A Lebanese guerrilla leader to be released in a large-scale prisoner swap this week accused Israel of mistreating prisoners as he made a rare court appearance Tuesday in a civil suit he brought against the government.
Mustafa Dirani, who was seized by Israeli troops from his home in south Lebanon in 1994, seeks $1.3 million in damages, saying he was sexually abused and raped by interrogators.
Dirani and another guerrilla chief, Abdel Karim Obeid, were kidnapped as bargaining chips for Ron Arad, an Israeli airman shot down over Lebanon in 1986.
Dirani held Arad in the first two years, and reportedly sold the airman to Iran in 1988, a claim he denied Tuesday.
“It’s a lie that I sent him (Arad) to Iran,” Dirani, wearing a brown prison uniform, said as he waited for the proceedings to begin. “What I did with Arad was humane, but Israel didn’t understand that. ... Israel is the one that tortures prisoners, not us.”
The Israeli government had no immediate comment on Dirani’s accusations, but an attorney for the state was expected to respond in an afternoon court session.
Israeli and international human rights groups say Israel has routinely mistreated Arab security detainees during interrogation by depriving them of sleep, tying them up in painful positions and forcing them to wear hoods on their heads.
In 1999, Israel’s Supreme Court banned the blanket use of such practices, and said they could only be authorized in specific. Human rights activists said that following the ruling, abuse fell off, but has become more frequent during the past three yeas of Israeli-Palestinian fighting. Charges of sexual abuse have been rare.
In the suit, Dirani claims he was beaten, violently shaken, deprived of sleep, raped and sodomized by an interrogator from Israel’s Shin Bet security service.
In all, 436 Palestinian and Arab prisoners are to be freed on Thursday in exchange for an Israeli businessman and the bodies of three Israeli soldiers — all kidnapped by the Lebanese guerrilla group Hezbollah in October 2000.
Among those to be released will be 400 Palestinians, 35 from Arab countries and a German convicted of spying for Hezbollah. None of the Palestinians slated for release were convicted of wounding or killing Israelis, prison officials said.
The Arab prisoners and the German were to be moved to a prison in central Israel later Tuesday, and will be flown to Germany on Thursday. The Palestinians will be released into the West Bank and Gaza Strip. Israel will also hand over the bodies of 59 Lebanese militants killed in clashes with Israeli troops.
On Tuesday, Israeli prison officials released a list of names of prisoners slated for release. The list included 371 Palestinians convicted in Israeli military courts, 60 Palestinians held without trial or charges, as well as 30 Arab prisoners and a German man convicted of spying for Hezbollah.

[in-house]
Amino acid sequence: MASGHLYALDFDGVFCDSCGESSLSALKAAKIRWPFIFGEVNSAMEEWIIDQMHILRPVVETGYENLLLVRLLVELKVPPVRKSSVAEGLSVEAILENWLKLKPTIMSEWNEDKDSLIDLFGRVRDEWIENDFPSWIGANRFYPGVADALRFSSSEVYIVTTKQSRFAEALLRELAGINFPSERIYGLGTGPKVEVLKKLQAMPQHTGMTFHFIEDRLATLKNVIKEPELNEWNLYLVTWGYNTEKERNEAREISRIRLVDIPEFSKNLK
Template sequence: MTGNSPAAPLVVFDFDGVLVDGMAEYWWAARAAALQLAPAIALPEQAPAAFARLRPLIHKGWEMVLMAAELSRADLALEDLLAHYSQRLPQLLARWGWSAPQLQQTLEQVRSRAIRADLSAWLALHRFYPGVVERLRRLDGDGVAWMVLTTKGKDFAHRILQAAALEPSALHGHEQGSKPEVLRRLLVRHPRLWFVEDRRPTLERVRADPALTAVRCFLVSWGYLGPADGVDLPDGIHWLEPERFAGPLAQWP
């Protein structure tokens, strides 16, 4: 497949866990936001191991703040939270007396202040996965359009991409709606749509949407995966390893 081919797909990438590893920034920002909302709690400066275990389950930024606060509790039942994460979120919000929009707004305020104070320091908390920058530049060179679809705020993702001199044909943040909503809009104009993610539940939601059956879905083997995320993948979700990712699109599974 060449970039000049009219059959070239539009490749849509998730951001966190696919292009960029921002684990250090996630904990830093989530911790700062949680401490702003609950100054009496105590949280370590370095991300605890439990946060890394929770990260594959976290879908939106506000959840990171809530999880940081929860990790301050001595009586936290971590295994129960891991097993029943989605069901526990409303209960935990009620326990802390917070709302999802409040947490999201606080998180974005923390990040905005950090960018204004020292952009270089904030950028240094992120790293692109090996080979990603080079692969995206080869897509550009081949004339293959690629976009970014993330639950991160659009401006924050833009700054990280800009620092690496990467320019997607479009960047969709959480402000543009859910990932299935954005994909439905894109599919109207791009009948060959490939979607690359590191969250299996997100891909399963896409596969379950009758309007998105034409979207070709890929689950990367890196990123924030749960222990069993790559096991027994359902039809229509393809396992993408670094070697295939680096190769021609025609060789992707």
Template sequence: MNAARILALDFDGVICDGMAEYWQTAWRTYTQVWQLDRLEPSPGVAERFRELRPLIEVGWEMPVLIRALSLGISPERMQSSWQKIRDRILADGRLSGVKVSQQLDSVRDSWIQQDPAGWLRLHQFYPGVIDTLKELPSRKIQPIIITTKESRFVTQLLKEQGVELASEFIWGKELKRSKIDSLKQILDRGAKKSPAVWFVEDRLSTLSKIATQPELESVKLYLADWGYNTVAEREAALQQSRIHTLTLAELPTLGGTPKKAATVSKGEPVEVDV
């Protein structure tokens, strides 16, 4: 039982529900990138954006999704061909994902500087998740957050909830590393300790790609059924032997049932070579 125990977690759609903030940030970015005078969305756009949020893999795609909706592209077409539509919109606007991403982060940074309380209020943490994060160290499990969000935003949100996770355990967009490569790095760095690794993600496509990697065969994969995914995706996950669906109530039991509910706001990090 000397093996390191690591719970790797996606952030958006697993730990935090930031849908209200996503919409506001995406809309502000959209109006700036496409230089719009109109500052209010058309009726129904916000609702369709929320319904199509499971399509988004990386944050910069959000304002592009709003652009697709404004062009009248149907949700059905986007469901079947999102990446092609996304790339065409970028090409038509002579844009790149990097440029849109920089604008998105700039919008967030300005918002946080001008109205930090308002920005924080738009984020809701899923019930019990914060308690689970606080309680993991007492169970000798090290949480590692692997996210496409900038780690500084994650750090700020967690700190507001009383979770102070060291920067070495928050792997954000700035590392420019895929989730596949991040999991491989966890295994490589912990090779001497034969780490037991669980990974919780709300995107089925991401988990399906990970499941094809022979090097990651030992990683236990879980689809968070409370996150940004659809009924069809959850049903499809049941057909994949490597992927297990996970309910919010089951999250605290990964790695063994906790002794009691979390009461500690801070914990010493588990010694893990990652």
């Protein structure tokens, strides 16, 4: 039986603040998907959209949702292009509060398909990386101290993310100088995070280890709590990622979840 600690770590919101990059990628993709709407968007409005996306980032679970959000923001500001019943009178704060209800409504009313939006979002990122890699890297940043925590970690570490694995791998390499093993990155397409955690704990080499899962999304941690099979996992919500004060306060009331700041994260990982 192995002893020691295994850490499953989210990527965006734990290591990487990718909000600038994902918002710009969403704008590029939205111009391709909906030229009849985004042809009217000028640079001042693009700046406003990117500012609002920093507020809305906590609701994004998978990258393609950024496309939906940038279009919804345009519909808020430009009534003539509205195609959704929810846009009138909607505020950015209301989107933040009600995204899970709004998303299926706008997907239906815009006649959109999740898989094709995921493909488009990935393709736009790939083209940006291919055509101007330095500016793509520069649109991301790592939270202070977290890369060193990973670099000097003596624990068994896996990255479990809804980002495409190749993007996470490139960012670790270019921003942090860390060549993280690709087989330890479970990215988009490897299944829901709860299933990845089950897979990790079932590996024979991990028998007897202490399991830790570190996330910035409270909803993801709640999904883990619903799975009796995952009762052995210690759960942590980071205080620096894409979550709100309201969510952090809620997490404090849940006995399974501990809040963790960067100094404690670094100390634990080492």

The list included more Palestinians than would eventually be freed, in case some of the releases were blocked by court challenges, officials said.
Of the 371 convicted Palestinians, more than two-thirds were to have been released in 2004, for offenses ranging from carrying out shooting attacks without injury, throwing firebombs, dealing in weapons and aiding fugitives. In a few cases, up to three years were cut from sentences.
Issa Karake, head of the Palestinian prisoners’ association, said he was disappointed because prisoners serving long sentences were not included.
“I look at this like a routine release,” said Karake, noting that Israel in the past has freed prisoners convicted of non-violent offenses on the occasion of Muslim holidays or as part of peace talks.
The Israeli public remained split over the lopsided exchange, with many feeling the deal would boost Hezbollah’s status in the region and reward its tactic of kidnapping Israelis to secure release for its fighters.
The swap sends the message “it pays to strike at Israel, whether through kidnappings, terror attacks or war,” the daily Haaretz said in an editorial Monday.
A poll in the daily Maariv showed 44 percent of Israelis support the deal and 43 percent oppose it. The poll, of 600 people, quoted a margin of error of four percentage points.
“There is no doubt that this is a difficult decision, but it was a necessary and correct decision,” Foreign Minister Silvan Shalom said.
The swap, announced late Saturday, came after lengthy German-mediated negotiations.
Following Thursday’s exchange, the sides are to open a second round of talks to obtain information on Arad.
Shalom said he asked the German government to use its influence with Iran to obtain more information on Arad, who has not been heard from in more than a decade.
Israel has said that if it receives detailed information on Arad’s fate, it will release Lebanese militant Samir Kantar, who has been held in an Israeli jail since 1979 for killing three Israelis.